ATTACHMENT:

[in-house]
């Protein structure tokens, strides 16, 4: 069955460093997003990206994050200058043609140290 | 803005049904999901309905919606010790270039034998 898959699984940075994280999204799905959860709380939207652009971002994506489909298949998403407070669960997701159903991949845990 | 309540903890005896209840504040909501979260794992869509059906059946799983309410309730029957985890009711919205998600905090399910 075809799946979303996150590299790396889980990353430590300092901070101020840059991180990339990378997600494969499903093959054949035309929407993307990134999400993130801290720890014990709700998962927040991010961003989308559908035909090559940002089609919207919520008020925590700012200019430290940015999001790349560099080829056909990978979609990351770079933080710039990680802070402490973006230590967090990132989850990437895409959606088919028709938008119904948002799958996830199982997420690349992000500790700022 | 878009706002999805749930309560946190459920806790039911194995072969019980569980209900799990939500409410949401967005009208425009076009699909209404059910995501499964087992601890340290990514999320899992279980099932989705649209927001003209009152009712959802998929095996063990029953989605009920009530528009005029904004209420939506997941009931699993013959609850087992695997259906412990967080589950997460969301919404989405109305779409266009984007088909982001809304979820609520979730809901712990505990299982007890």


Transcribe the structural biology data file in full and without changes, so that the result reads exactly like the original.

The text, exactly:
[in-house]
């Protein structure tokens, strides 16, 4: 069955460093997003990206994050200058043609140290 | 803005049904999901309905919606010790270039034998 898959699984940075994280999204799905959860709380939207652009971002994506489909298949998403407070669960997701159903991949845990 | 309540903890005896209840504040909501979260794992869509059906059946799983309410309730029957985890009711919205998600905090399910 075809799946979303996150590299790396889980990353430590300092901070101020840059991180990339990378997600494969499903093959054949035309929407993307990134999400993130801290720890014990709700998962927040991010961003989308559908035909090559940002089609919207919520008020925590700012200019430290940015999001790349560099080829056909990978979609990351770079933080710039990680802070402490973006230590967090990132989850990437895409959606088919028709938008119904948002799958996830199982997420690349992000500790700022 | 878009706002999805749930309560946190459920806790039911194995072969019980569980209900799990939500409410949401967005009208425009076009699909209404059910995501499964087992601890340290990514999320899992279980099932989705649209927001003209009152009712959802998929095996063990029953989605009920009530528009005029904004209420939506997941009931699993013959609850087992695997259906412990967080589950997460969301919404989405109305779409266009984007088909982001809304979820609520979730809901712990505990299982007890």